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Ppbhlaed Wvltl 1%yh the Year.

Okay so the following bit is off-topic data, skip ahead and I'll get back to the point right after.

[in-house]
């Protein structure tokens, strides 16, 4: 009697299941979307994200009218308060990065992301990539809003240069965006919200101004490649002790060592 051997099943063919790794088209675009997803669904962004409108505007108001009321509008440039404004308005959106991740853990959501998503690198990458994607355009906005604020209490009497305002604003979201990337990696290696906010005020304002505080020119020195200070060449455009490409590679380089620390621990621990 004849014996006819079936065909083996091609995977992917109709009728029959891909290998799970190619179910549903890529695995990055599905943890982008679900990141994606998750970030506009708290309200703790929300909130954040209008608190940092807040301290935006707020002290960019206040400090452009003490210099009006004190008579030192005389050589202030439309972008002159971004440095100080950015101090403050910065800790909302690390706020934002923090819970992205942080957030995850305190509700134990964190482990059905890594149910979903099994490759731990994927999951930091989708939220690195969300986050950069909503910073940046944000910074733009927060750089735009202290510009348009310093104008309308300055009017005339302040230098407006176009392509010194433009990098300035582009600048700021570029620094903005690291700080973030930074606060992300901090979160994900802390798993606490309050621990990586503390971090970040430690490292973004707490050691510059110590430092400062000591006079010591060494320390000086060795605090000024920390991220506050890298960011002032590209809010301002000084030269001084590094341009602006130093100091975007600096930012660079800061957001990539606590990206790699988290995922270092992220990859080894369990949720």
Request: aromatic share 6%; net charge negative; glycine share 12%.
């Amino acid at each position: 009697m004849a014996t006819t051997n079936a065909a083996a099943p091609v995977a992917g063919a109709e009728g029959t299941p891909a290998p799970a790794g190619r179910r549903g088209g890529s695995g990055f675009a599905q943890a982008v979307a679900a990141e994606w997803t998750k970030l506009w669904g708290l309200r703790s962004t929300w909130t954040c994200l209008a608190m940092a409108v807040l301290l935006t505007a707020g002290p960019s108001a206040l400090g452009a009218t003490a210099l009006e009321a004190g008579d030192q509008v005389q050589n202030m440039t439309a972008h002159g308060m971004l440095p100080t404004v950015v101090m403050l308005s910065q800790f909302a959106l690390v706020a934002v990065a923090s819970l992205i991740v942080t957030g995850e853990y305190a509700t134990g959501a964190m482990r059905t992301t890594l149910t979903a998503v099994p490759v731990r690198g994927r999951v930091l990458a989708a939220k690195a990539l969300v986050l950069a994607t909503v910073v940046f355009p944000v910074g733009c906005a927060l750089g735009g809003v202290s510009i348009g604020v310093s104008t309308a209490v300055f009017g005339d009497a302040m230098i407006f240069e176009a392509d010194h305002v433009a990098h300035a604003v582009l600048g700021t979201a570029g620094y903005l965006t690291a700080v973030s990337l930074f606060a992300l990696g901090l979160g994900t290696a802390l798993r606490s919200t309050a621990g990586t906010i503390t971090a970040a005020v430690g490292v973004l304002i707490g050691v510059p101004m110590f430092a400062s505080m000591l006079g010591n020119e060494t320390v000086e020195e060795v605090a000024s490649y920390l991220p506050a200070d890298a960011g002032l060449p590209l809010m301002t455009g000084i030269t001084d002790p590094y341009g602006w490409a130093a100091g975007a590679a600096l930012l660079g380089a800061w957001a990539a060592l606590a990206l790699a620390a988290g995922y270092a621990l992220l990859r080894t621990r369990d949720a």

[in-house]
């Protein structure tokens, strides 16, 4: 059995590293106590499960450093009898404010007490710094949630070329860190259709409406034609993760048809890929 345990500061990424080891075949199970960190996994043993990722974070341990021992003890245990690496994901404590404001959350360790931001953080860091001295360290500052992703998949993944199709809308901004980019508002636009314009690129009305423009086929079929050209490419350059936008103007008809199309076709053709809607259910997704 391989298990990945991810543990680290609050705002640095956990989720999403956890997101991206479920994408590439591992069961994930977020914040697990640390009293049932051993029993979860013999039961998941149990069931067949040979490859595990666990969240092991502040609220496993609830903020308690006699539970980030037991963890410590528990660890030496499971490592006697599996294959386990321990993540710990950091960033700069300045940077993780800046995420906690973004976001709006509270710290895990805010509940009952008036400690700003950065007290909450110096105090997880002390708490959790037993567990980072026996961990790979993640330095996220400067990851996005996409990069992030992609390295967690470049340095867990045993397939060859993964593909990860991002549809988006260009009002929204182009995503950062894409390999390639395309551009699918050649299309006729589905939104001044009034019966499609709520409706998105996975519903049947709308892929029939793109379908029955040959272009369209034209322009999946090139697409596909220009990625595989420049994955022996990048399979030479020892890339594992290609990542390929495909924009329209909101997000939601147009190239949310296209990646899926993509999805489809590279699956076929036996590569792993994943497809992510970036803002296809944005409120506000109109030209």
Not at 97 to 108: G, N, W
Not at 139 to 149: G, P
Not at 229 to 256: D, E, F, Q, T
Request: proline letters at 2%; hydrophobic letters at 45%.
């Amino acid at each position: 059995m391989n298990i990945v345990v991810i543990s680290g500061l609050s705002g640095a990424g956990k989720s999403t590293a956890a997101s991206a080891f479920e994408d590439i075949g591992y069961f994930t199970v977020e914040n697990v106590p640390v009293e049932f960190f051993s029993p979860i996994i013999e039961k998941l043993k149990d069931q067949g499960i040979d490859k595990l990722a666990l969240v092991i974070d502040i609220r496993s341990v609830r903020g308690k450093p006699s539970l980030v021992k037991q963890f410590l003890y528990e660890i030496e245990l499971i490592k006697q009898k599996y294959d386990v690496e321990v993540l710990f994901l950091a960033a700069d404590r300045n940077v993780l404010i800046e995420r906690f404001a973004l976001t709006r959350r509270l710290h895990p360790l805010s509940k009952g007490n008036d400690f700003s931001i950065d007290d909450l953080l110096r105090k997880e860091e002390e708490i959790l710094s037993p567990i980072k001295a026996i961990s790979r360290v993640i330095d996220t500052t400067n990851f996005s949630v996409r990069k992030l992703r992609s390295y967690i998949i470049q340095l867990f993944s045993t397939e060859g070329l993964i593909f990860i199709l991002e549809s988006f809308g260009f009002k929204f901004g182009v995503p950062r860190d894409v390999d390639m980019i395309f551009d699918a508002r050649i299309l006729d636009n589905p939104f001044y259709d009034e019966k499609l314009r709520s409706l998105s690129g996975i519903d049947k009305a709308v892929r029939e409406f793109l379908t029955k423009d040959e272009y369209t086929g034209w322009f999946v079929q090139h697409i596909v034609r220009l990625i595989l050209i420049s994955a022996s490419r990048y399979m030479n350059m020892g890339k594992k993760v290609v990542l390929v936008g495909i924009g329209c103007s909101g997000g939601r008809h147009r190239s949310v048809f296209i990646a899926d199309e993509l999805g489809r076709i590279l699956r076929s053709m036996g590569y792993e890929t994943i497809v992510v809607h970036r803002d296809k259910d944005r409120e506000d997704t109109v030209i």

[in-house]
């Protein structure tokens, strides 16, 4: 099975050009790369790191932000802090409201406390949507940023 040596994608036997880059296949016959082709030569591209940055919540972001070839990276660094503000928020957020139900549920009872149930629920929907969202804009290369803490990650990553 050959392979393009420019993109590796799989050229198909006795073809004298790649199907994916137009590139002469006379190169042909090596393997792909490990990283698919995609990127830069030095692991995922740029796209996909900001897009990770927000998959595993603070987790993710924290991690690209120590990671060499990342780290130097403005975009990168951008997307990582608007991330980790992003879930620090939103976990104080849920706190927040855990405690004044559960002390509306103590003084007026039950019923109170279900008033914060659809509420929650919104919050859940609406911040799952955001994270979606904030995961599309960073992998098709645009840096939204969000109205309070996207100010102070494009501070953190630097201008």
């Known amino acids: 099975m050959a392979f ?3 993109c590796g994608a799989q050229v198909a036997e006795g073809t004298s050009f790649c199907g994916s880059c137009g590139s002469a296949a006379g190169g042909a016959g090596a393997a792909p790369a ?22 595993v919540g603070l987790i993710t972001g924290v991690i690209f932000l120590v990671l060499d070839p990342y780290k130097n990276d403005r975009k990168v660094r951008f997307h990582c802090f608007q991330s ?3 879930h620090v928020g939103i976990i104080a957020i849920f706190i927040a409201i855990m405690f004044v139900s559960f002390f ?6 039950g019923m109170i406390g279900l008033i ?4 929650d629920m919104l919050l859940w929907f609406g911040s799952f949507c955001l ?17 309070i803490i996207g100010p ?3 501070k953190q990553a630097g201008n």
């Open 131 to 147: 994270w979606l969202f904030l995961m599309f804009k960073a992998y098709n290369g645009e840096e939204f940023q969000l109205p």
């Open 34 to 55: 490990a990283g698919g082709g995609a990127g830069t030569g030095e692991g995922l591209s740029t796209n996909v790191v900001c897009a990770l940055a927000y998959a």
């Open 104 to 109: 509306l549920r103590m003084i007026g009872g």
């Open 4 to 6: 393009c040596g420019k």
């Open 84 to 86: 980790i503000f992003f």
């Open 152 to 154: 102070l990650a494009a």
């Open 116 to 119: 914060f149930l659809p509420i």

M.tBOULIAN PU$bLItOSHG Co. Miuoula, Montatma ia d at the ostofflee at Missoula, lftih, as secondo-classll mall mlatter. SUBSCRIPTION RATES. (la Advang.es). babiy, three mq a '.. ;ally, six .A-..; ..... ......... . iO ily, one ................. .... .00 Postage add for foreign countries. TELEPHONE NUMBER. Bel---I..........110 inendepenent......l$10o MISSOULA OPPICE. in1 and 181 Weet Main Street. Hamilton Offlte. 11 Main Street, Hamiltotn, Mont. The Misonulian may be found on sale at the following newatands out side of Montana: Chllago-Chicago Newspaper Agen cy, N. E. corner Clark and Madison streets. Minneapoli--World News Co., 219 North Fourth street. SBalt Lake City--MacOillis & Lud wig. San Francisco-United News Agents. Portland-Consolidated News Co., Seventh and Waslhington. Seattle--lekarta' News Agency, First avenue and Washington; W. O. Whitney. Spokane-Jamleson News Co. Tacoma-Trego News Co., Ninth nad Pacific. SUBSCRIBERS' PAPERS. The Mlsqoullnn is anxious to give the beat carrier service; therefore, sub scribers are rlequested to report faulty delivery at nce,. In ordering paper changed to new addresa, please give old address also. Money orders and checks should be made payable to The Mslsoullan Publishing Company. SATI'RDAY. PI:fTRUARY 24. 1912. IN EARNEST. Thle Roosevelt sentiment in Monl tina is sincere. More than that, it jIossesses strength and It is becoming stronger. It is genuine. It will en dure. Montana roaliees nri re thor A(lgh'v, perhaps, than any other state in tilhe Union. Il( merit wllch In in the IRooovt'iet puolcle,. tJuwin which there has never been a policy ilcore implnrtant in the development of the vest. We believe the Montana repub licans at Billings did well to indorse the candidacy of Mr. Rposevelt and that they did better to mike their In dorsement positive and emphatic. The opposition to this candidacy is resort ing to the very tarties which would e expectelcd in this vane; this olppsl tion by its every utterance mlakes plaln tlhe fact that Roosevelt has "'thrown a sclre" iinto the camp of the reactionaries. It is likely thaIt the oppolition will aslunme a very bitter phase in the event that Mr. Itoonte Ielt concludes to accept the inviationll to enter the rave. But lie is a hitg manl, lt I1ooms so far above the men 'c ho seek to attack hintl and t,~ be little the work he hal s.done, that the assailants mlcrely make their little nels all the more applarent. We are glad that Montana is early In the Ilst of the Rtoosevelt states. shll will hlve plenty of goI,d cometpany before long. Tile senltiment in favor of the Roose velt candidacy willl become more Ulld hmore expressive al the days l has. Montana has planted thle standard. Many will rally about it. EXTENSION COURSES. Within lthe last two years the I'nli vrrlity of 'Montana hal sought to )croatdcn Its Influence by glving courses on lppular slllujectms by lectures in tlhe towns anld cities of tile state. As a re sult, the university hal become an itn fluence for good I nail Montauna. Froml eastern Montttnia come four nlmes as many calls fur lecturers and courses as the unliverity can supplly, a fine Indication of the Interest that has been aroused and of the good that has been done already. One of the bellt things amonlgl these extension courses is provided for railroad men. The latest proof of the regard for this railroad course comles from Helena, where a petition hlu originated. In this extension work the uniiversity is finding its true iusefulllne, in that it is making possible that technical and classical educathon be supplied to peo ple selit oft from attending the school in person by cire'cumstance or condi tion. There Is little sengEe in saying that a man cannot learn after reach Ing a certain age. The limit for learn Ing I senile decay, nothing short of that. ALASKA INDIANS, No Indians at all will be left In Aliika In two or three generations, utntes the government takes vigorous measulre to check disease among them at onos, says the report of Dr. M. -,- Peatr, passed assistant cur geqlpn; 4lypbliol health an4 marlne o* 4 u e. pr. Toster Was sent on i tpII 1 n*make a s hivy of ...:a#ik Mr s...ý at thee,1r oW ,1*. .r9 congress an eostlate for an ap propriation of $70,000 for additional i8edleal work among the natives. The report says, in part: "Owing to the usual lack of vital statistics in a pioneer country aiah as this, the exact facts on which to base an opinion have never been avnllable and 'most of the statements have been mere conjecture. At 1itka accurate records have been kept by the churches, and they show that for a period of five years and seven months the annual birth rate has been "72.3 per thousand and the annual death rate 85.4 per thousand. , During this period, with an estimated popu lation of 400, there were 20 more deaths than births. "The returns of the United iStates census bureau show that in the last ten years there has been a decrease in the total Indian population ap proximately equal to 14 per cent, or 1 1-2 per cent per year. This cor responds very closely to the rates as figured at 81tka, and they may be taken as indicating fairly correctly the rates for the whole country. The death rate in the United States varies from seven to eight per thou sand to thirty-five per thousand, de pending upon the locality. An aver age death rate may be placed at twenty-two to twenty-three per thou sand. "The very uInusual mortality in Alaska, namely, 85.4 fier thousand, is to be attributed largely to pulmonary tuberculosis, and unless it is checked In some way it will result in the ex tinction of the natives In sixty or sev enty years. Fortunately, It is coun terucrted to a m-rtain extent by an un ustuially ltge birth rate, but the birth rate will probably decrease us time goes on." We don't believe Lieutenant Pelld intended to invade Mexico. If he had meatnt busilness, he would have had thel Mexitans running suthward be* fore now. The meeting of Montana horticultur Ists this year demonstrated strongly the groeat Importance which their in tlustry i, alssumning in the state. There were a nood many people who didn't want to see the Billings meeting turn out to be a success. But It disappointed them. The convention of Thursday and its work will add new luster to the falme of Billings, the place where tile con ventuin was held. TI.. re are manlly eyes turned upon .liss Ill.,A' campaign for home-patron nae .ald the example is being followed by other cities. Anyway. The issUoullan is the only newspaper In the country that has had the correct spelling of Lieutenant Welid' aname. The usual euturday-morning helps to shoppers will he found this morning In the advertising columns of Thie S!issoulian. WVestern Montanl a maintained her own at tihe (Great Falls meeting. Her orchard men were right on the job. (irt In your votae in The Missoullan's presidential- preference bullot. The wee'kly count comlles toniglht The best reputation a town can have is that of illg pIruogreslve. Missotlht has that enviable reputation. liAkewise we observe that the liI Ilug. meeting declared for the direct elction of senators. The Missoullun elais ad stands upon its own record. Those who use it most, know it best. Montana Oits spokenl. When Mr. tooseiPelt speaks, there will be others who will join. Much call 4m gained by pulling to gether; nothing can i'e gained by pull. ilg apart. Also, while we remenber the Maine, there ire onielle other things we should not forget. Time and money are saved by it study of Misnoulian advertising. And the verdict of the home-.ctmera is that Missoula is pretty good. The 11ll1ings platform In strong and safe. Vote your presidential preference to day. WOOL IS FINE. L,ewittown, Mont., Feb. 23.-Prcl-l dent John D. Walte, of the alank of lergus .county, one of the most prom. inent woolgrowers in the, state, re turned yesterday from Helena, where he went to look into the wool situa tion. He finds that only one Boston house is thus far represented in the state, the prices oftered being from 16 to 17 cents. 'Mr. Wllte says the Versus county clip, owing to heavy sales of stheep, will show a failing oft of 30 per cent an compared with last year, but the total clip of the state. will be as large as it wasin 1911. Montana wool this year Is of splen did quality everywhere. GIRL CONTINUES HER RIDE. Danville, Ill., Feb. 1.--Miss Alberta cipire, the Wyoming girl who Is riding a cow pony from her home to Buffalo, N. Y., was snowbound Wednesday at St. Joeeph, Champaign county. She struggled through snow drifts today a ditatace of eight miles to Fithian, Vermillion county, where she was fqroed to abandon 4travl. 1i sopIp places show is drifted fence high aos.o the roadl . Ihe sauy she ll tmpt tomorrow to reach Dan. a 1 tJ Whe Wots a Revolutionary B P aucts *y Predert, J. Mask in Whatever I. to be the character ot the constitut$on of the republic of China: whether Tlant hi ai will become the dictator of an oli garchy; whether Sun Tat een mill be the genius of a true democracy; or v'hatever may happen politloally, thb revolution in Chira is socially ac complished, and it never can be tyrned back. It is difficult for occidentals prop= erly to estimate the tremendous effect that these political changes are hav ing on the everyday lfe of the mil lions of Chinese. Certainly they are not having the same effect that a sim liar political upheaval would have on the lives of a western people-Amerl oans for Instance. even a reformed and republlcan China still will be topsy-turvy land, and the Chinese never will do things as we do them, or see things as we see them. They are ceremonial where we are Informal; they are unconventional where we are conventional. The Mlanchu dynasty abdlcs.tes the oldest throne In the world, and yields back to the people the sovereign power exercised for thousands of years by them and their predecessors, all In an edict couched in language as informal as an American schoolboy's letter to his chum. Negotiations of state, in volving the destines of the most pop ulous nation In the world, are carried on by telegraph, with not even a thought or suggestion of confirmatory letters, in a fashion so informal that it would shock the teacher of an American business college. Instructing a grocer in the gentle art of order Ing a case of eggs from the commis sion merchant. About such things as these, the Chinese will not be formal, unless, Indeed, we remember that the edict of abdication might not hauve been legal had it not been noted that it was published In vermillion ink. As to wearing apparel, the Chinese Is so scrupulously ceremonious that the occidental mind is baffled In its attempts to follow him, When ev erybody knows that the character stic queue was imposed upon thile Chinese by their Manchu conquerers as a badge of servitude, naturally it became the business of the Chinese revolutionists to cut off the queue, and in some cities, such as the republi can capital of Nanking, practically ev ery queue has long since disappeared. Republican China will be short-haired. At the time Wu Ting Fang was acting as minister of foreign affairs for the republican government, he de voted apparently as much attention to the sartorial aspects of the, revolution as to the diplomatic and political sit uation. He Issued a manifesto to the world asking for recognition of the Chinese republic, and at the same time be published a fashion plate setting forth new styles of hats to be worht Instead.of the ordinary headgear, each type of which, in some way or other. related to the 'Manchu domination. It Is in. these by-products of the polltical revolution that everyday life in China will be changed. It is true that twhen the abdication of the throne was announced there were no celebrations and Illuminations such as would have followed similar events in a western country, but because the effects are not those that would be reasonably expected by westerners, it is a mistake 'o assumne that there are no effects at all. When Dr. ,un Yat Ben, whose status as an American citizen hlas )been of fiolally determined by the authorities at Washington, arrived in China, ha was at once elected lsrealdent or the republic by the provislonnl govern ment at Nanking. Just before pro ceeding from ShanghaI to the repub lican capital he pleked up an Amerl can paper, published In ihainghai by American journalists in the Engllish language, and in that lapehr he saw the following "want ad:" "MOTOR CAR-1 E. M. F. etude. baker 30, model 1912; new. One E.' M. 1. Flanders, Studobaker, 20 horsepower: nearly new. Both in excellent condition. Demonstration any -time. Apply Dell Clark, Savoy hotel, 21 Broadway. President Sun saw that here aes a good chance to get two good Amer Ican automlobiles at a reasonable price. He answered the ad, bought the cars, and took them swith him to his cap Ital. He also took with him a corps or electrlclans and other mechanics. When he arrivend he took possessilon of the old vice regal yemen, or palace. He dlscarded the ancient rickety chariot of state that had been the feature of many ceremonial proces. sIons under Imperial rule and enlbtl tuled for it an American motor ear. The electricians immediately set to work, and on the second day the new presldent of (China had electric llghts throughout his palace, a system ..o electric call bells and annunciators In his oftlces, and a telephone exchange under way. Jong before the Manchus came Into China, Nanking was the capital of the Thought for Today Women's Occupation. Iy Mrs. Robert M. La Follette. In her arralgnment of "The Udeas. Woman," Miss Tarbell says, "The post consplcuous occupation of the American woman today, dressing her self aeide, is self-discusaion," and furi ther, "to an accustomied observer she seems always to be running about on the face of things, with no other pur poeo than to put in her time." These are serious Indictments. Are we guilty? That Iwomen spend a great deal too much time and thought and money on dress cannot be denied. Women whose chief occupation Is the social game, do seem, in the last analy als, to be running about with no other real ptrpose than putting In their time. But I do not agree with Miss Tarbell that it Is the rebellion or women a.aint their plame in nature th¢t causdtW his wv.ngftU use of time and energy, Quite the oontruy, Idlshoes luxury, either directly or by example are the cause of these evil tendenoles Ia womsae Uve1n, ,as In mea's, ia, -outnti .p, in t eyent that south ern repuibh JeWil esist all effort. of Yuan ftherners to re. tain the Ci l.. . tg. It is said that 41e Vei will have the utl.prt t. the iin nations in favor of Peking, beo~oi t of thg great amobnt Of money i tti~ti n jrounds and le gation build lnn at the .sanchu cap ital. But the flp0 s are concerned with other things. W'hen Run Tat Sen had been reeltlent 12 days, he said: "Governments' that afterwards became grest-,hels been started under the treep of'a Stel t,. If necessary, we can start the epuOtblic of China in a mat shed." [t thea' announced his plans for tohe..ti4dlqg of a model cap Ital city at Na Ing a capital to be graced by milt* 4enmodious build Inra of hAlrfto loitl architecture, a capital deatined one day to eclipse even the beautles of Washington. Whether or not the southern ele* ment will prevalI, the announcement of the proposed flomval of the capital and the bulidIng of.a great new gov ernmental city was received with joy In Fhanghai, which 'Would be the sea port of Nanking, an4 with which It is now connected by a modern railway. One day after President Sun Yat Seli's announcement, a qonipany with a cap Ital of a quarter of a million dollars was organited to build a new hotel in Nanking, and Sun Tat cen had won over to his side all of the business community of Shanghai, the New York of the orient. The Amerltan influen.n In the rev olution, and in Its social by-products, is most marked. Dr. Sun is an Amer lcan cltlsen, Dr. Wu is more at home In Washington than in Canton, and scores of the subordinate republican leaders were educatdd in the United States. Even the suffragette move ment, which already has made its ap pearance in China, has an American, rather than an 'English, flavor. For the first time in the history of China women of the people have taken part publicly In polltical affairs, although even this statement Is subject to the exceptions that one must always make In disulsalng things Chinese, for has not the dowager emprew,, ulways been -WASHINGTON By Roy K. Moulton. Washington, Feb. 12. Dear Edltor: The nlbassadors hero have been most kind It their treatment of me. I have dlned'a4 the Italian em bassy so often that ."n ashapled to look a plate of sapgli ti in the face. I like the Italian ambeanador very much. You don't pronounce his name; you sneeze It. .aron Yasuya Itehlda, the Japanese almbassador, is a likable lIttle chap, but I was surprised when I dined at his Ibome last Thursday ,evening that he didn't walk a Ught te .le onhli back and kick a banel upt..th., air or roll a silver dollar around ,. tf. top of a parasol. it seems thattheae things are not done in the best diplomatlc circles. I interviewed the ambassador at length upon the probability of a war between the United States and Japan, just as you told me to, and he gave me a very clharmlng reply in Japanese. I don't know rwhat it meant, but If It meant what it sounded like it meant war, and bitter, cruel war, very soon. You know what General Bherman said war was. Well, theh mhapador's" conver cation sounded just like that. Chang in Tang, whe sounds like one of those banjo adios you hear in vaudeville, is the envdy estraordinary and minister plenipotehtiary from China, and presidea over a very elab orate chop suey mansion on Nine teenth street, which is knoWn diplo matically as the Chines emtibassy. I have not eaten many meals there, as I never have been passionately fond of Chinese cooking. The first time dined there I had to use chopaticka and figured it would take me about 18 years to get a square meal by that Imethod of transportalton. I simply ruined that lavender silk vest of mine. You know that vest. It. bqttoned up so close tinder my chin that I didh't have to wear any shirt with It. It has come in handy in Wasington 'for since I have been here I have ha4 to part Iwith my shirts one at a time to keep pace with the brunette gentlemen who work the hlackhand racket on me about every three minutes. Havhig on shirt and no vest, I,,am Wearing a striped sweater I got for Christmas. My valet is trying to negotlate the loan of a shirt from the barbel down stairs so I can attend the ne tdielomatlo re ception at the White roose. It 1s al most necessary to wear one there. I have strack a great hargain here. It is possible to buy almost anything you want In Washilngton and a great many things that you do not want. A oertain class of gentlemen make a bus fness of selllng relies. Ttli morning I Occupation, work, higher idalls of the value of women's time must be made to correct them. If society were organised so that every normal woman might fulfill the mission of motherhood and home maker, with filthful mlate to provide for her and her children, the problem would be as simple as that Of birds at nesting time. ,nr this presupposes also that the Ipate has but the one object. But so long as some min remailn bachelors, some wom~n must be maiId, and there are widhows and woman who must support husbands and O.iuoies. In the uncertain conditions g lyiwo)h women must adjust themselves In this present day world, they should b. eaedy not only to make a horm *un4 hear ohillrdnl, but to earn % .i1lagPT.' panre to ineat all life's Odntl and; always have their time 'Worthily so there shall b6 O truth to 'thp ochrsre that tIl oonspiluous occupation" is .? thengelvg Iptd *el*t"l oI uu e' rrea heaM efI t)te *m* it.. " 9U re, the etatnmehit itis 4s t , peopla In thangthie toti has the name of fleal tepubli; A few wes `ago they sa n ea tertainment or the : poe, .f t'.a Inle funds for "the, rep ubli gausiS Dr. '. iMt. Hu, Of St. Louis, MY., spoke to the adles In l> ngtih, etloaglin the pstrtot~lmm o the "lady. etUbli. cans" who he slid, exemplitld the type of girls the Chines republig will boast of. Mirs. T. T. Changt, former Vassar girl, sang, 1i. lnglish of course, "The Garden of R)oWe," (Mr-. V. T. RSe, a Wellesley gilt, entertained theguests with a delightful. oalo, tol. lowed by Mrs. V. T. Woo, Bryn Mawr, who played Moskowaki's "Vtale Brill ldnte." ,Iaster Cben, nine yetrs old; delivered a sensational and eloquent speech exhorting lady republicans to loosen their purse strings for the movement against Manchu corruption, There was a brass band from the Loong Wha orphanage,'and the guests were seated by Chinese girl students, acting as ushers. There was more music, and several moving ploture films were shown, while the 1hlnese girl ushers went through the audience selling miniature republican flags and lapel buttons for the benefit of the revolutionary fund. This whole en tertaintient might have been given In Indiana or Ohio, since It was so ab solutely American in every essential feature. (Most silnifeant'among these many evldences of the predominant Amerl. cad influence In shaping the social effects of the revolution, Is the state ment made by President Sun that Daniht H. Burnham of Chicago would be Invited to plan the new Nanking capital. air. Burnham was the chief architect of the Chicago world's fair, and is the head of the commission In charge of the development and beau tification of the United States cap ital city of Washington. Hes Is, ac cording to the Chinese newspapers, to be asked to plan a Chinese capital In which will be provided accommoda tions' for a syktem of government substantially that of the United States. It may be, after All, that there will be tremendous significance in the faet that the first president of China was a citisen of the great republic found ed by George Washington. Tomorrow -- (.overnment Topogrn. phers. oougnt rrom one in fLont of our hotel the chair in which George Washnlgton sat when he wrote the Declaration of Independence. It is a handsome chair of antique design, and I expect to pre sent it to the Kent Scilentific museum when I get home. I got it for $31, which I consider to be a very reason. able price, all things considered. Later: The clerk at the hotel says he believes I have been stung on that hair. proposition. He says George Washington didn't write the Declara tion of Independence. He saye Henry Clay ,wrote It. The porter eays John C. Calhoun wrote It, and the elevator boy says George Ade wrote It. They all seem to agree that George Wash ington didn't write It, and that Is all that interests me. Still later:' I am quite convinced now that the gentleman who sold me the chair drew upon his imagination, I have since turned the chair over, and on the bottom I find the trademark of the .Berklet & Gay Furniture Co., Grand Rapids, Mich. The Washington social season is now on full tilt, and I find that I got here Just In time. There was an oyster so. clal at the parsonage of the A. M. E. church on Ninth street last evening,. and a pound social at the parsonage of the Colored Baptist church on F street night before last.. RESIDENCE DESTROYED IN KELLOGG BY FIRE Kellogg, Feb. '3.-(Special.)-A fire which was not without Its freakish features completely destroyed a resi dence owned by R. C. Morgal Wednes. day night, and caused damage amount Ing to about $400, fully Insured. How the fire caught is one mystery, as the house was untenanted and. had been for several weeks. The second freak was that after the blase -hea been apparently extlnguished by' the first department, the fire broke out again some time early in the morning end burned the house to the ground. not a soul seeing the second blase. The fire was discovered 'shortly after 'midnight and the department' had a hard run as the bulldlng ls looated at the top of a corduroy road and is not paticularly accepsible. The blame at the time wai confined to° the roof and wae extinguished after- doing oonlider. able damage. The department left with the belief that the fire, was Wholly extnguished. W'hen the neighbors, looked at the building yesterday morning they were surprised to see nothing but a pile of sahe. Some time during the nllht the hoUse took fire again and burned to the ground without attracting the at tention of a single man' or twoman. ARRI ION WIEW r, Garrison, Feb. 23.-,Mr, and Mis. 0. hI La Fond of Helena visited with friends Bunday. *lr. J. N. Moon was 'in Mlimoul Tuesday, Mes. 0. ', King and daughter, Ber tb~, gpet Tuesday In Butte shop Mrs. W', . Miller and children spent u'uedayg in Missoula. Ctrs, K. I. Nel.on was it DeerLgdge Tuesdy to visler daugrter, 9r tta. N. , Case and ed,~ were Ia )oer Lodge R'uesdayr M.n . 1M . ermenan aspent . .. ·,· ..: . .. ' , . , p] ii r,4 conlficdedt of pure a whsome' Bi-li rl r food a n% a Baklq· A PurGrape Crem 'Tartar Baking Powder. Made foat Grapes FORTUNE IN JEWELS STOLEN WEALTHY WOMAN 18 ROBBED OF GEMS AFTER RETURN FROM MARDI GRAB BALL. Ban Francisco, Feb. 28.-A collection of diamonds and pearls valued at $M0, 000 was stolen from Mrs. Eugene Dc sable at her apartments In a local hotel hero early WeVdnesday morning. The Jewels had been worn to the an nual Mardi Gras ball, a notable so clety event at the same hotel, and had been left on her chiffonier by Mrs. De Sabla when she returned. Her hus band entering the room an hour later, discovered the theft. Among the gems stolen was a dia mond tiara, a pearl brooch, a diamond bracelet; several diamond finger ringls diamond earrings end a diamond studded lorgnette and chain. The De Salbas live In El Cerrito, a fashion able suburb of San Francisco, and used the hotel apartment for prepara tion for the ball. Mrs. De Sabla was accompanied by her daughter, Miss Vera De Babla, and her maid, both of whom declare she wore all the Jewels when she retired. According to friends she expressed uneasiness regarding the gems during the evening and hesltated to enter a crowded elevator to go to her apart ments at 3 o'clock in the morning, after leaving the ballroom. Miss De labla' and her maid assisted Mrs. De Sabla In removing her jewels and withdrew when she was ready to re tire. "When T entered the rooms," said Mr. Do " able, "the doors were un locked. Mrs. Doe able was awakened when' I entered and asked me how I1 had gained entrance to the rooms, as she had not erpected me' and Ihad lodked the door. When I told her I had found the door unlocked, she said that It could scarcely be so as she had taken care to lock it at the time our daughter and the maid left the rooms. *'Then the thought of the bewels flashed on Mrs. De Baebla and she rushed to the chiffonier from which they had been taken. I notified the hotel' management and the police and detectives have been at work ever since." Old "Simon" Says 4 All of You, Farewell I've treated you well, now treat me well this last day. Looml Ends 1L ' c YARD The flnest. grades of Amoskeag 4sr gingham "xi STAlE SCHOOL FUND APPORTIONED INCOME FROM LEASES AND IN TEREST 18 DIVIDED AMONG COUNTIES BY HARMON. Helena, Feb. 23.-(8pecial.)-The state school fund this year will be distributed among 98,687 school chil dren, according to figures prepared by State Superintendent of Public In struction W. .. Harmon. The pt' euaptaj apportionment Is $3.50, and is busan u4om the census taken Septem bIer 1 and October 15. The total amount In the school fund is $345,404, which Is the income derived from leases oi sao n rands, Interest on Investme ts per cent of the sales of goternA fi ds in Montana. The follo .llfft 'ows the amount due each I t vet~head, $8,986; Broadwater, rbon $16.rbo .,190o; Cascade, $2 .."hotrteau, $31,437; Custer, $14,4 ~ Dawson, $14,245: Deer IAdge, $11,360; Fergus, $15,235; Plat head, $18.221: Gallatln. $14,591; Gran ite, $2,751: Jefferson, $4,466; Lewis and Clark, $17.430; L.Incoln, $8,884; Madison, $6.634; Meagher, $3,626; Missoula, $18,270: Musselshell, $4, 235: Park, $9,384; ]'owell. $5,14:; Ra vadll, 10,.503; Rosebud, $5,131; landers, $4,396; SFlver Bow, $45,118; Sweetgrass, $3.895; Teton, $8,116; Val ley, $12,978: Yellowstone, $17,234. NEW POSTMASTER. Washington, F. b. 23.-(Speclal.) Albert S. Kilburn has been appointed postmtnaster at Basin, Jefferson county, vice J. S. Clapp, resigned. The Sound Sleep of Good Health. Is not for those suffering from kidney allments and Irregularltles. The prompt use of Foley Kidney Pills will dispel backache and rheumatism, heal and strengthen more, weak and aillng kidneys, restore normal action, and with I. health and strength. Mrs. M. P. Spalsbury, Sterling, Ill., says: "I suffered great pain in my back and kidneys, could not sleep at night, and could not raise my hands over my head. Put two bottles of Foley Kld ney Pills cured me." Smith Drug Store,